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February 28th, 2008
11:22 AM ET

Back from North Korea, and longing for reunion

I'm back in Seoul, South Korea after four days in communist North Korea covering the New York Philharmonic's historic concert in Pyongyang.  What a life-changing experience.  Being in that concert hall while the orchestra played the “Star-Spangled Banner” before a mostly North Korean crowd was surreal.  There were tears in the audience and in the orchestra during the finale, "Arirang," the most famous Korean folk song on both sides of the DMZ.  "Arirang" is about the longing for reunion.

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Alina Cho reporting from Pyongyang, North Korea

North Korea is truly like no other place on earth.  In the capital of Pyongyang, the roads are paved, but the streets are empty. Owning a car is a luxury.  There are department stores, but no shoppers.

It’s so sad to see how people live there, without adequate food or heat. But the North Koreans I met were exceedingly warm.  The elevator attendant at the hotel told me more than once he hopes I can come back to Pyongyang.  My government guide - remember, journalists are not allowed to go anywhere without a so-called "minder" - told me that when I talked about how my own family struggled during the Korean War, he was impressed.  He said officially he couldn't comment, but as a human being, he was moved.  That touched me.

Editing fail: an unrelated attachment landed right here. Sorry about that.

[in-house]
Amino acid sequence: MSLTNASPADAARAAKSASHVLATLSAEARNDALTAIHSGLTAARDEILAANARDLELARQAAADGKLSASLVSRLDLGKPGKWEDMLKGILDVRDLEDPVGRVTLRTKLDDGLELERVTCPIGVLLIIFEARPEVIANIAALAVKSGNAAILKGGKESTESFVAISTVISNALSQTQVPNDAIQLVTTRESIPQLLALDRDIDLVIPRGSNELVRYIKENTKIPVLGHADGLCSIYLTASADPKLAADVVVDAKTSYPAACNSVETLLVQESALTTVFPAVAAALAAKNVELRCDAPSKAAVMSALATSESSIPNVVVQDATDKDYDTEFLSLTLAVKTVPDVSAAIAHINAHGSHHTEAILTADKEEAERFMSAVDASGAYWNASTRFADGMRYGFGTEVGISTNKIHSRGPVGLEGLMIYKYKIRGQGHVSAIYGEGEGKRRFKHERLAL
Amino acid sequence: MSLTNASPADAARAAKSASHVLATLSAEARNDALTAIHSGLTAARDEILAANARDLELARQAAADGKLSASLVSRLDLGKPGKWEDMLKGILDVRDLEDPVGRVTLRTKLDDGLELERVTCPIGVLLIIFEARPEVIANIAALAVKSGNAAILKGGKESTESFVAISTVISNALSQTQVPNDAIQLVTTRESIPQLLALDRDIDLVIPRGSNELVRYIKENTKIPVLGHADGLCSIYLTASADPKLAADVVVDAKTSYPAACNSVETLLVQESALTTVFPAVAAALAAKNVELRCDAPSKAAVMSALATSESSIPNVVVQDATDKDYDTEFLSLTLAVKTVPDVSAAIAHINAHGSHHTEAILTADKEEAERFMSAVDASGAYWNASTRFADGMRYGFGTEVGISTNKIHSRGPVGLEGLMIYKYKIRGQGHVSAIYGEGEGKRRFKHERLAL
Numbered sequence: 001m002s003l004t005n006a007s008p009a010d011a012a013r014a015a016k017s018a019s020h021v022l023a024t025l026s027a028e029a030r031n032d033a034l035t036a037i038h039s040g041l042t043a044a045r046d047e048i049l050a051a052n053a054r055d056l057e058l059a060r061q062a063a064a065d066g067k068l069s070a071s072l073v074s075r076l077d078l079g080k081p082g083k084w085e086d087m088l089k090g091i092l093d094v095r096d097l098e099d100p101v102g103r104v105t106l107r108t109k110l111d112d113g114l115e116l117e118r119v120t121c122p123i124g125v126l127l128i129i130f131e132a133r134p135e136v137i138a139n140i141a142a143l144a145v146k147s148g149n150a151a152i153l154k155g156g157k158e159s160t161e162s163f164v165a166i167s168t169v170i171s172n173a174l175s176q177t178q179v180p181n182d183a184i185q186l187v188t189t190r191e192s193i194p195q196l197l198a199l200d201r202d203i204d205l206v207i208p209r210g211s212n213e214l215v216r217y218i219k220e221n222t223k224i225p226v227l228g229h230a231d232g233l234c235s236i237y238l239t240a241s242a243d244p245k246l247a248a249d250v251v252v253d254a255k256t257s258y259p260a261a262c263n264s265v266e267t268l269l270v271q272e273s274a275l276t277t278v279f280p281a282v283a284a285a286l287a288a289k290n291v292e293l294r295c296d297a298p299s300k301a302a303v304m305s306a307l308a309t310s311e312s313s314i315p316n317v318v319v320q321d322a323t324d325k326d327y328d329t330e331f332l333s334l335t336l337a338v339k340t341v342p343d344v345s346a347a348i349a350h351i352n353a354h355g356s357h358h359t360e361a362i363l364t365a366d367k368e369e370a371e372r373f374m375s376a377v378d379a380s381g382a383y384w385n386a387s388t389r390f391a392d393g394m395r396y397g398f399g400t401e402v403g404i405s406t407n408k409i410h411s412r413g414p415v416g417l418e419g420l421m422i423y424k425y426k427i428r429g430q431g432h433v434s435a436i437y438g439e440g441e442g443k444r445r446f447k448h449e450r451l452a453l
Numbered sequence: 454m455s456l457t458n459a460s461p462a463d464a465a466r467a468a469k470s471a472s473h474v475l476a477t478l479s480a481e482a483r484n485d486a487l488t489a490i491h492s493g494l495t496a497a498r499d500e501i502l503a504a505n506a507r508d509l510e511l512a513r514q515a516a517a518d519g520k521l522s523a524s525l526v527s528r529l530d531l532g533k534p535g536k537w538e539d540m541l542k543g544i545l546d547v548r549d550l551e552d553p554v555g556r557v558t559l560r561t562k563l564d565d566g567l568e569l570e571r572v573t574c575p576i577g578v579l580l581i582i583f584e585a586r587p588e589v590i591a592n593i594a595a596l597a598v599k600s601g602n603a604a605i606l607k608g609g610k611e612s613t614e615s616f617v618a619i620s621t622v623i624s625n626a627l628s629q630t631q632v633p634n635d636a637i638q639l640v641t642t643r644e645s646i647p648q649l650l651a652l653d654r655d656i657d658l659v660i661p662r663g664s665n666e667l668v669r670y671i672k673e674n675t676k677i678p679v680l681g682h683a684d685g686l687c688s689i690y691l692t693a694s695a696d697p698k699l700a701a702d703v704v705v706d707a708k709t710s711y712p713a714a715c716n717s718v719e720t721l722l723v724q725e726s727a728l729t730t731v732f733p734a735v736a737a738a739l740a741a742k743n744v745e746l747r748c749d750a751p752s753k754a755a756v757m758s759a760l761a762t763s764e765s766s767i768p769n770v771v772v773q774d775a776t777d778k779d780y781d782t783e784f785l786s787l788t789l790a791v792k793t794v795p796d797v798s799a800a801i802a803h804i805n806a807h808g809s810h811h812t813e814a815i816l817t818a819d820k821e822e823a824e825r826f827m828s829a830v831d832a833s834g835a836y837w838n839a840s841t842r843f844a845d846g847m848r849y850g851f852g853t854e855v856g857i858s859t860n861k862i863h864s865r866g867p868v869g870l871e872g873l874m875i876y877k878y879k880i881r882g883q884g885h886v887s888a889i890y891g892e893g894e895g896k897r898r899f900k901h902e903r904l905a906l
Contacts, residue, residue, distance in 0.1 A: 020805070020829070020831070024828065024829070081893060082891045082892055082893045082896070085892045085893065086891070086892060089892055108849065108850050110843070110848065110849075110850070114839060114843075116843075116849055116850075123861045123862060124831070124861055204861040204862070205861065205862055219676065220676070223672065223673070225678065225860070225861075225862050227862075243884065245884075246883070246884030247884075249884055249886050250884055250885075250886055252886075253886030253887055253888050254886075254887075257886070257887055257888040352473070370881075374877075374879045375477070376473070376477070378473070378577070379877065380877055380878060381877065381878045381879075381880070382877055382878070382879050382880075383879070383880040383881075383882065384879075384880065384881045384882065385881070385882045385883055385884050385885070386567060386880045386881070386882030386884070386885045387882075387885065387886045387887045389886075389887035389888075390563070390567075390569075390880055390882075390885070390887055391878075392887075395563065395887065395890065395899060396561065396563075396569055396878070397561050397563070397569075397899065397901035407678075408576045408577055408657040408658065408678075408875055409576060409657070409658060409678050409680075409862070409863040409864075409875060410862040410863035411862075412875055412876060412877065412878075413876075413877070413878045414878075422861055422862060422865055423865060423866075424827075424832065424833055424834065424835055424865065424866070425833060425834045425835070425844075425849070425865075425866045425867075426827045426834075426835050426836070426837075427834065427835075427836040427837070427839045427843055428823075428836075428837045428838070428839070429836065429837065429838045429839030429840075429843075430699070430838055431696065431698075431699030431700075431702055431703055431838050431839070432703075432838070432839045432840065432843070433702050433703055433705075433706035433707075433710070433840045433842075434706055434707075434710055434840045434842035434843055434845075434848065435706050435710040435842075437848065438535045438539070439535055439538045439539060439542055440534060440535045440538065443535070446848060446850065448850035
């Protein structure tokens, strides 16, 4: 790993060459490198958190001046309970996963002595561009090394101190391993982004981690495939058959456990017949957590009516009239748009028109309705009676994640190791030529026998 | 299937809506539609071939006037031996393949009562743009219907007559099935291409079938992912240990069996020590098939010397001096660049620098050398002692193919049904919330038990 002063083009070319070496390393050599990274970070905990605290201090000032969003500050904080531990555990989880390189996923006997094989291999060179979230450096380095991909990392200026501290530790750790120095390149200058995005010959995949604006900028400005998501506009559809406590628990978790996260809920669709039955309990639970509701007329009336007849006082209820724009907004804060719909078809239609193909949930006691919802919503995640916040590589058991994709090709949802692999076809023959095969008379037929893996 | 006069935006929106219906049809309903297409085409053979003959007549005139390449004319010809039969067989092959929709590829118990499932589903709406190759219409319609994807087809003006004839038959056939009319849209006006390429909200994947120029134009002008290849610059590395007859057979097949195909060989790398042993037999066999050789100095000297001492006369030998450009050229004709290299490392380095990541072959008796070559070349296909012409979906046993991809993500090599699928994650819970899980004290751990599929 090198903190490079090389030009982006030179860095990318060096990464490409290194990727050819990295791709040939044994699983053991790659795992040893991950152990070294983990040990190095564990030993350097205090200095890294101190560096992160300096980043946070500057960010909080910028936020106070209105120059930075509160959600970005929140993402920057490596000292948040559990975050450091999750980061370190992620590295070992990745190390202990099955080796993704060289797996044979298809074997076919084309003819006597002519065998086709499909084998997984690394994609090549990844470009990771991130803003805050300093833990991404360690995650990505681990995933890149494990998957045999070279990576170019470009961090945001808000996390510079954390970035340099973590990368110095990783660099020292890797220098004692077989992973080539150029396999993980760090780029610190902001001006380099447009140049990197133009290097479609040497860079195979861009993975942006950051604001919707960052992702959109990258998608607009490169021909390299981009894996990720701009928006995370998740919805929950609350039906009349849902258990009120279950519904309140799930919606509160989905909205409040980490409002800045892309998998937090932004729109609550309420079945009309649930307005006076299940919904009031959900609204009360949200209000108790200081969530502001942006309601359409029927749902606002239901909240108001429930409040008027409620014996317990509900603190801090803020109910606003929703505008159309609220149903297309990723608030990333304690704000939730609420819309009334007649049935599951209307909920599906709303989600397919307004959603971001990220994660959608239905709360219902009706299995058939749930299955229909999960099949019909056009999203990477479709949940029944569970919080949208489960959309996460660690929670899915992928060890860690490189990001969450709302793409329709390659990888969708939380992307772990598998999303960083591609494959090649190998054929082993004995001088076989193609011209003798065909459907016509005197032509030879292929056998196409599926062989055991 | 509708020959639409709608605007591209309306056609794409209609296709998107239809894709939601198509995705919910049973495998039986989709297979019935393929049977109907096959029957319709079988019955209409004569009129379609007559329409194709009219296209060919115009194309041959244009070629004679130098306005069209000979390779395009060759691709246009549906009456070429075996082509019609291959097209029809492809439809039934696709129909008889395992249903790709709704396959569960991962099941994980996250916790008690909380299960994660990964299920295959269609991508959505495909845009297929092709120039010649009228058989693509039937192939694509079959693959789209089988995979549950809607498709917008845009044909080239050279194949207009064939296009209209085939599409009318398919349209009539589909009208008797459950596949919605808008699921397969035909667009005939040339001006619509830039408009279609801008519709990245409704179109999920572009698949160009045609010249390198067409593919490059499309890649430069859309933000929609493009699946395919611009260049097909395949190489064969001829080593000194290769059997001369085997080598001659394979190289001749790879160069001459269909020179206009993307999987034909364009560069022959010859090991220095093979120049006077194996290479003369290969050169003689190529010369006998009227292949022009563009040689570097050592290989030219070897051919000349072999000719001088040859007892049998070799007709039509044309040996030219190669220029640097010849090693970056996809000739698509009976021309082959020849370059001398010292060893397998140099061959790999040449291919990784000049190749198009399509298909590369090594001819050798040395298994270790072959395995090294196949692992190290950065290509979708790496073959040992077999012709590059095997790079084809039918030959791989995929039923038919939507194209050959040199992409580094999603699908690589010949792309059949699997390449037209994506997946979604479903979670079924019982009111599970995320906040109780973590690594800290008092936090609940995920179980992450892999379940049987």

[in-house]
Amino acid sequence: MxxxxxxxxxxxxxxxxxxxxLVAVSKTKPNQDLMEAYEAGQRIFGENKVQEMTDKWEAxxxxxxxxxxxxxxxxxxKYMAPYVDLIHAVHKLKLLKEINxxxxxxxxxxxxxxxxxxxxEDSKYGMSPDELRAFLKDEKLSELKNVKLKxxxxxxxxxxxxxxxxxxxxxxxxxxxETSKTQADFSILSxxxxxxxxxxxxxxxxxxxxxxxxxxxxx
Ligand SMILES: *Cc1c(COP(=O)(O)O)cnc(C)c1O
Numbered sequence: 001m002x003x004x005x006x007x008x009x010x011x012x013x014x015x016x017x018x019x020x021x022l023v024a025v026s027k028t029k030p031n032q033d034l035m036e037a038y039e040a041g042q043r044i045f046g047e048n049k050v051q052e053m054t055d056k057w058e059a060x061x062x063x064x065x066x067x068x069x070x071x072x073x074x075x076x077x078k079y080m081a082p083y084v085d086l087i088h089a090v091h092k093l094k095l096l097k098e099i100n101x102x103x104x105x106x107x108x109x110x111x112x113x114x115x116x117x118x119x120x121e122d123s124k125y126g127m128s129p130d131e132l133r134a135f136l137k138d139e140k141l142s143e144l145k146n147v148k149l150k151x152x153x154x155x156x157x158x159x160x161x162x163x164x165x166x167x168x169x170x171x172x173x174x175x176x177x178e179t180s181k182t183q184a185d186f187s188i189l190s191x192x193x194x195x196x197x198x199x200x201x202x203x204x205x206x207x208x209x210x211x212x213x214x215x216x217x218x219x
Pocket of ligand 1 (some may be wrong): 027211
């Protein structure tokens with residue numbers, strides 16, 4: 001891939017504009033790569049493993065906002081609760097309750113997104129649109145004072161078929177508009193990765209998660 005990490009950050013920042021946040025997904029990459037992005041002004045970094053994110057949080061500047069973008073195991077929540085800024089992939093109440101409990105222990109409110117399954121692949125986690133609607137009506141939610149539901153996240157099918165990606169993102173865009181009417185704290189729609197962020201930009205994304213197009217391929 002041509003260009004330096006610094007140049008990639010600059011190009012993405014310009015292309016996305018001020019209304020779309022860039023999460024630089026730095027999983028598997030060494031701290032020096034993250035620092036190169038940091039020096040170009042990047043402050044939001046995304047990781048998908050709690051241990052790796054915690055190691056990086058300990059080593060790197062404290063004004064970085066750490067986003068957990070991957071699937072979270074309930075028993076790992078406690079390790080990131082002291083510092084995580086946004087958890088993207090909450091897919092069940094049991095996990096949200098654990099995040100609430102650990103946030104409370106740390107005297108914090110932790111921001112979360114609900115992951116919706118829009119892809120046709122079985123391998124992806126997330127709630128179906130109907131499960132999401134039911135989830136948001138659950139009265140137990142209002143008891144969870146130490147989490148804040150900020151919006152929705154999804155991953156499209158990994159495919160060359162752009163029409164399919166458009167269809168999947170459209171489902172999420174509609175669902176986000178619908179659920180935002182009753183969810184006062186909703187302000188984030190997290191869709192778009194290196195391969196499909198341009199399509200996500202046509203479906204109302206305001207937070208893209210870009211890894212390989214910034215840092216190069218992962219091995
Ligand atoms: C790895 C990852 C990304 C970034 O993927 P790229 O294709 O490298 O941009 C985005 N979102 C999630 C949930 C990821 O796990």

Finally, though I was there for professional reasons, I was also on a personal mission.  Two of my dad's uncles disappeared during the Korean War.  Nobody in my family knows whether they were kidnapped or defected because they were never seen again. My family believes - if they are still alive - they are in North Korea.  I had sent a letter to the North Korean government in hopes that they could track my relatives down and that I could meet them while I was there.  It was not to be, at least not this time.  The government told me there was simply not enough time to find them.  I still have hope, and I'm certain I'll be back someday in Pyongyang. 

– Alina Cho, CNN Correspondent 


Filed under: Alina Cho • North Korea
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